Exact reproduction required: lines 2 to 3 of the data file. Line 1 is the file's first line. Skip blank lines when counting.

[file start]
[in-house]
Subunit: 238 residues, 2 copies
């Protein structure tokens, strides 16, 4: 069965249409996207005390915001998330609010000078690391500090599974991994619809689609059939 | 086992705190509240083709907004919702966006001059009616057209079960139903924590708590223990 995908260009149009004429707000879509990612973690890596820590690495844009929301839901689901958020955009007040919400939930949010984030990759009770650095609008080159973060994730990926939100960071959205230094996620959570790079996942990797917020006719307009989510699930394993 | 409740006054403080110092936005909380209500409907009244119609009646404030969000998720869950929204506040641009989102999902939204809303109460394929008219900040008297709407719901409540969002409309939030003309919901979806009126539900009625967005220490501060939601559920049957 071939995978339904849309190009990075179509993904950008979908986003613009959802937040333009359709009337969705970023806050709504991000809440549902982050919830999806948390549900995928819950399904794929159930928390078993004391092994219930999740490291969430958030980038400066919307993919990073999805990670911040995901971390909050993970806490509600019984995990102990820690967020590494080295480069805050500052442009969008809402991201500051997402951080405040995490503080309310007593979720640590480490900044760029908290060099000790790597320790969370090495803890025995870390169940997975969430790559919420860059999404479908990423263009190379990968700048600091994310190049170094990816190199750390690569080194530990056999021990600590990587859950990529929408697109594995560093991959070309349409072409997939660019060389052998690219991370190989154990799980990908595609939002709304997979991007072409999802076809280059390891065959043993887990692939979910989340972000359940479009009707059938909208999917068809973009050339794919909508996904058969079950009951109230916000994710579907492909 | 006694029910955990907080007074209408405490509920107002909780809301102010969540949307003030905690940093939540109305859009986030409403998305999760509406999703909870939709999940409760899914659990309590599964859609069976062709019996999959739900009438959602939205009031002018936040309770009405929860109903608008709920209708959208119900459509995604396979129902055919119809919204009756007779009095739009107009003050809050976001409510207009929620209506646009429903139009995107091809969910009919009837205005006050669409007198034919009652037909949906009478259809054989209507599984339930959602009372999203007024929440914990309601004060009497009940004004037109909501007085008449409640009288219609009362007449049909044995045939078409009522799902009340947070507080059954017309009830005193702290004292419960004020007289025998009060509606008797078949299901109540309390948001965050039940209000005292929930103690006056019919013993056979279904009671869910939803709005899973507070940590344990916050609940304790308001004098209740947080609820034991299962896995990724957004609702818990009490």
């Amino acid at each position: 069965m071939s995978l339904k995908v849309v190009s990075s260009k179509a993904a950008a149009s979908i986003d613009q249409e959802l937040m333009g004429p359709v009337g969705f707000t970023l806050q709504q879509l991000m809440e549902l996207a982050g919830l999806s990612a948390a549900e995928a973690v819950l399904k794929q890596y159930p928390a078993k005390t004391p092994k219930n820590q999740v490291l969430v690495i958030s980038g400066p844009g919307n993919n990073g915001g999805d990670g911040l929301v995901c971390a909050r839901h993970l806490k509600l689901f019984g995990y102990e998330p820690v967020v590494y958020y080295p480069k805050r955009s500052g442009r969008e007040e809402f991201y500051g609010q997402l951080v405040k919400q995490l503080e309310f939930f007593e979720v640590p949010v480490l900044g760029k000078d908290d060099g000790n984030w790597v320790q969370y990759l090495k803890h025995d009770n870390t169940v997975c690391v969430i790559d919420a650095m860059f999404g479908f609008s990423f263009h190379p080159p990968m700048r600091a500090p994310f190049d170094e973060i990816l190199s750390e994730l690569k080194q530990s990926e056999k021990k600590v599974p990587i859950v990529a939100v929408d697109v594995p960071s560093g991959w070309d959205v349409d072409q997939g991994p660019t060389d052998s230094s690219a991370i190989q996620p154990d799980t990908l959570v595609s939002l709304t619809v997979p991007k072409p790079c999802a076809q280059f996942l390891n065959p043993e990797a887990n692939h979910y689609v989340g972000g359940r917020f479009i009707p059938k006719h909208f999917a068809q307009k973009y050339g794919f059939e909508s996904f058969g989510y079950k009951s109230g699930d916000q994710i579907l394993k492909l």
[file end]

Subunit: 238 residues, 2 copies
């Protein structure tokens, strides 16, 4: 069965249409996207005390915001998330609010000078690391500090599974991994619809689609059939 | 086992705190509240083709907004919702966006001059009616057209079960139903924590708590223990 995908260009149009004429707000879509990612973690890596820590690495844009929301839901689901958020955009007040919400939930949010984030990759009770650095609008080159973060994730990926939100960071959205230094996620959570790079996942990797917020006719307009989510699930394993 | 409740006054403080110092936005909380209500409907009244119609009646404030969000998720869950929204506040641009989102999902939204809303109460394929008219900040008297709407719901409540969002409309939030003309919901979806009126539900009625967005220490501060939601559920049957 071939995978339904849309190009990075179509993904950008979908986003613009959802937040333009359709009337969705970023806050709504991000809440549902982050919830999806948390549900995928819950399904794929159930928390078993004391092994219930999740490291969430958030980038400066919307993919990073999805990670911040995901971390909050993970806490509600019984995990102990820690967020590494080295480069805050500052442009969008809402991201500051997402951080405040995490503080309310007593979720640590480490900044760029908290060099000790790597320790969370090495803890025995870390169940997975969430790559919420860059999404479908990423263009190379990968700048600091994310190049170094990816190199750390690569080194530990056999021990600590990587859950990529929408697109594995560093991959070309349409072409997939660019060389052998690219991370190989154990799980990908595609939002709304997979991007072409999802076809280059390891065959043993887990692939979910989340972000359940479009009707059938909208999917068809973009050339794919909508996904058969079950009951109230916000994710579907492909 | 006694029910955990907080007074209408405490509920107002909780809301102010969540949307003030905690940093939540109305859009986030409403998305999760509406999703909870939709999940409760899914659990309590599964859609069976062709019996999959739900009438959602939205009031002018936040309770009405929860109903608008709920209708959208119900459509995604396979129902055919119809919204009756007779009095739009107009003050809050976001409510207009929620209506646009429903139009995107091809969910009919009837205005006050669409007198034919009652037909949906009478259809054989209507599984339930959602009372999203007024929440914990309601004060009497009940004004037109909501007085008449409640009288219609009362007449049909044995045939078409009522799902009340947070507080059954017309009830005193702290004292419960004020007289025998009060509606008797078949299901109540309390948001965050039940209000005292929930103690006056019919013993056979279904009671869910939803709005899973507070940590344990916050609940304790308001004098209740947080609820034991299962896995990724957004609702818990009490």